Today, the very things spoken as in prophecy still stare us in the face, not one have bettered; if anything, the pains and cries have escalated. Which shall we accept amongst these three evils: racism (tribalism, anti-Igbo), Arab-Muslim expansionism, or white economic imperialism (which has always favored other Nigerians against the Igbo)? Do we accept any of these or do we maintain that Nigeria must rightly and urgently evolve to a healthy, dynamic and progressive state, such as would be the pride of black men the world over? In Ahiara declaration, more than making the world, once again, inexcusable for her silence and support for the genocide against Igbo, the intention was primarily and solely centered on reviving the Igbo spirit- the spirit on oneness and unity in the face of challenges and extinction threats. One surely cannot mistake the passion and depth of Ojukwu’s appeal to our people in the 60s to stand their ground for justice to the end as an act of surrendering or plea. The Igbo spirit does not surrender, no matter the circumstances. In Ojukwu’s words of encouragement and focus for our peace, and I quote “We must not flag. The tape is in sight. What we need now is a final burst of speed to breast the tape and secure the victory which will ensure for us, for all time, glory and honor, peace and progress,” I also implore and encourage us to stand up and for the Igbo course because victory - this time, not with just 28 rusty riffles, bare hands and wills to survive, but with democracy determined to take its course - is at hand and, indeed, the tape is in sight. It was the spirit of Igbo’s unity which the Ahiara declaration rekindled. This same spirit is what I call on us all, especially at this critical time of our seemingly choking life in Nigeria, to embrace and work with, for the safeguarding of our core values and raising a grateful posterity. “Onye ajuru anaghi aju onwe ya” is a wise Igbo saying which still stands true for the Igbo in Nigeria today; we can no longer answer the many strange names given us in Nigeria, we must, as a matter of urgency, retain our relevance and indispensability in the polity of this country.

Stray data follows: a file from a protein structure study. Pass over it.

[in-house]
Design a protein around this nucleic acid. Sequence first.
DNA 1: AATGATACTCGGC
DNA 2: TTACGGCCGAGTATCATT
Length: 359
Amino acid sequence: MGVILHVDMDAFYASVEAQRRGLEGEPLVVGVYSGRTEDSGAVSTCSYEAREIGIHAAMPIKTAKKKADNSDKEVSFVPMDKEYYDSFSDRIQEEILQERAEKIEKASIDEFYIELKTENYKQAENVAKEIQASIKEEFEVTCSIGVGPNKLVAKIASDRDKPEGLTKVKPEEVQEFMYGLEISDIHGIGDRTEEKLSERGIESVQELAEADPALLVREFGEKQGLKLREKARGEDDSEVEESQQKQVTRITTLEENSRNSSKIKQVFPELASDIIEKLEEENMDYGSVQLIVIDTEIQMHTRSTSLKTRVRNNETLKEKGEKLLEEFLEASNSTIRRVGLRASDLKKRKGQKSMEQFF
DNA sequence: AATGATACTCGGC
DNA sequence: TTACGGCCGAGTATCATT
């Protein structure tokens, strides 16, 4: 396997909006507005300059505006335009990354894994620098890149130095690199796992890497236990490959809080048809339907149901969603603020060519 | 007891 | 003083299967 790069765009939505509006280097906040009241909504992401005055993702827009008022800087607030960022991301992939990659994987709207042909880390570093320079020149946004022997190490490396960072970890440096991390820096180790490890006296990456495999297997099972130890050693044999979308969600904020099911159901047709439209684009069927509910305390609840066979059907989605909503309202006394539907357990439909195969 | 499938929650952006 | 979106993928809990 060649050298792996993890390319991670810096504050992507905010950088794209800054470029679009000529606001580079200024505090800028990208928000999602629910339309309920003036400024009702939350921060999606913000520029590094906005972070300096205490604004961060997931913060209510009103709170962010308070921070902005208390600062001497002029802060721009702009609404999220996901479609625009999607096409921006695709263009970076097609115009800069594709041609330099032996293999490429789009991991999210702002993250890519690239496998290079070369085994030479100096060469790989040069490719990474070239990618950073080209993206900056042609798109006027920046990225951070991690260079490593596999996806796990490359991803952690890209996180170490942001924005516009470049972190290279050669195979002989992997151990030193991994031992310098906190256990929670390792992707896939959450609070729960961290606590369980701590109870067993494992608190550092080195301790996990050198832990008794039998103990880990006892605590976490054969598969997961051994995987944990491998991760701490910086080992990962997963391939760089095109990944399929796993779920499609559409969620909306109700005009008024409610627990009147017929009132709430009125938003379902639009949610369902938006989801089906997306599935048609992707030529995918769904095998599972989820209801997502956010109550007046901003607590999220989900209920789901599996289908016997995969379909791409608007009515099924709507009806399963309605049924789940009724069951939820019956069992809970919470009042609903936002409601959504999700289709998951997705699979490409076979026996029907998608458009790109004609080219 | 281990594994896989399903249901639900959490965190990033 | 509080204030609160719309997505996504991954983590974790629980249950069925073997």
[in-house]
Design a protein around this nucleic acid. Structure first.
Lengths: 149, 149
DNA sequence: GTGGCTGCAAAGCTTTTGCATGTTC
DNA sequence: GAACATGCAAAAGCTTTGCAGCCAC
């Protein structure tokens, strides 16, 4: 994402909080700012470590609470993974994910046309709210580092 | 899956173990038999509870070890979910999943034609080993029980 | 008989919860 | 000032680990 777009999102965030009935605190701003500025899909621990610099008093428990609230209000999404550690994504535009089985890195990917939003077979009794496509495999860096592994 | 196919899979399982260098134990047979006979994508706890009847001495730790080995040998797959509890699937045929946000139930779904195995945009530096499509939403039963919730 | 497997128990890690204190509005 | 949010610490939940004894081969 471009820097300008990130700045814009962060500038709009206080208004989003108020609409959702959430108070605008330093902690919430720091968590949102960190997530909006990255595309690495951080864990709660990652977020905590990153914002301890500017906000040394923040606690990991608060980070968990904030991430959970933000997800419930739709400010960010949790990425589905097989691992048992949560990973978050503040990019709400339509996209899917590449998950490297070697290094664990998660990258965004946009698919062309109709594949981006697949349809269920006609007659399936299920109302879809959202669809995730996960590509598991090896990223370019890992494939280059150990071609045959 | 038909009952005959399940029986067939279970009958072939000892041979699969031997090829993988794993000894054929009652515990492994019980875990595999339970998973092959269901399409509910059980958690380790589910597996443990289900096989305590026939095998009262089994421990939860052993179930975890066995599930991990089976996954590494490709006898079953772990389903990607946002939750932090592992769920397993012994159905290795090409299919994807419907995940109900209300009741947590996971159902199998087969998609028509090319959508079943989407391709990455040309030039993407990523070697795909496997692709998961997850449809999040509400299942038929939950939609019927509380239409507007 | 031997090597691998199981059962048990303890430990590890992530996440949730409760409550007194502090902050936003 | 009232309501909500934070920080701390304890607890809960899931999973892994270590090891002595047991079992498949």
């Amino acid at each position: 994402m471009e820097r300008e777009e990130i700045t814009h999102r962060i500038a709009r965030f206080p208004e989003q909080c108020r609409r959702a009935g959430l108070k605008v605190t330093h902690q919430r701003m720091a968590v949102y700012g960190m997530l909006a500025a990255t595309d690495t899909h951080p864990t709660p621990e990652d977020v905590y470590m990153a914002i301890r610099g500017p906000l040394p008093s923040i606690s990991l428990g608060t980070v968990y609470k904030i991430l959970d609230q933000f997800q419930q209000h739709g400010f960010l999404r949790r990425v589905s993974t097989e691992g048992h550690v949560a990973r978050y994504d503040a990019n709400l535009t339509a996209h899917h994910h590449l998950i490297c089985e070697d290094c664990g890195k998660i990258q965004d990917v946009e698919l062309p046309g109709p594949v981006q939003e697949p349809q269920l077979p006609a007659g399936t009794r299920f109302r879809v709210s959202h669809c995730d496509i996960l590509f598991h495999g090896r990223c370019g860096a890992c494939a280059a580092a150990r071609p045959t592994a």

Although the war officially ended on January 15, 1970, it’s no longer a secret that the very things which precipitated and necessitated Igbo secession have remained, nonetheless, in their multiplied dimensions. Today, Igbo blood is still being poured all over Nigeria - especially in the North. Our fathers, mothers, husbands, wives, brothers, sisters, and children, to this very day, still fall victims of the unwritten law in Nigeria which seeks to wipe us off the map. Nigeria belongs to all, and that is what we, Igbo, have said and shown to all in Nigeria; yet, without having to enumerate the many wrongs done us in Nigeria, what now stands at the vertex of all truths is that the Igbo have remained and are still marginalized in Nigeria. The crescendo to which this crafted callousness has reached is no longer hidden- even before the eyes of those whose ignorance erected monuments of sorrows in every family in Igboland as a result of the war. To attest to this, one can still hear- in many quarters of Nigeria, of the mistakes and regrets of fighting the wisdom and vision of the Igbo in Nigeria, and the invasion of our homeland form 1967-1970. Alluding briefly to the injustice done against me and against Igbo in the African union symbols competition held from February 17 – October 31, 2003, where I was denied my rights to the first position simply and obviously because I am Igbo; the hang man’s noose against Ndigbo still dangles. The composition of the person acclaimed to have won the first position was not played before the panel of judges, and the person to whom they sold the second position happened to be one of the judges in the panel - a rule birthed in injustice against Igbo; mine, rigged to the third position, was the only played anthem before the judges which Africans also voted the best online. Yet, only and only because I am Igbo, the very people who have ceaselessly but unsuccessfully championed for an extinct Igbo race extended their claw of injustice to the African Union. It was in my several unaddressed petitions that I came to observe one obvious truth: from the early days of the amalgamation, through the war to this day, one thing which has stood clear above all else is the continuous machinations of some elite within Nigeria to deny and deprive Igbo of any glory- locally and in foreign spheres. One could also still recall that Philip Emeagwali, a true son of Ala-Igbo who has made marks in the global hall of fame, has received untold criticisms and undisguised animosity towards everything Igbo from the many peoples of other tribes in Nigeria. These they have done and continue to do, not because the truth is not clear for all to see, but because the Igbo man - right from the days of Ahmadu Bello’s inflammatory and hate-filled remarks to date, has largely remained comfortably successful in all his endeavors. For these, we have been hated and marginalized.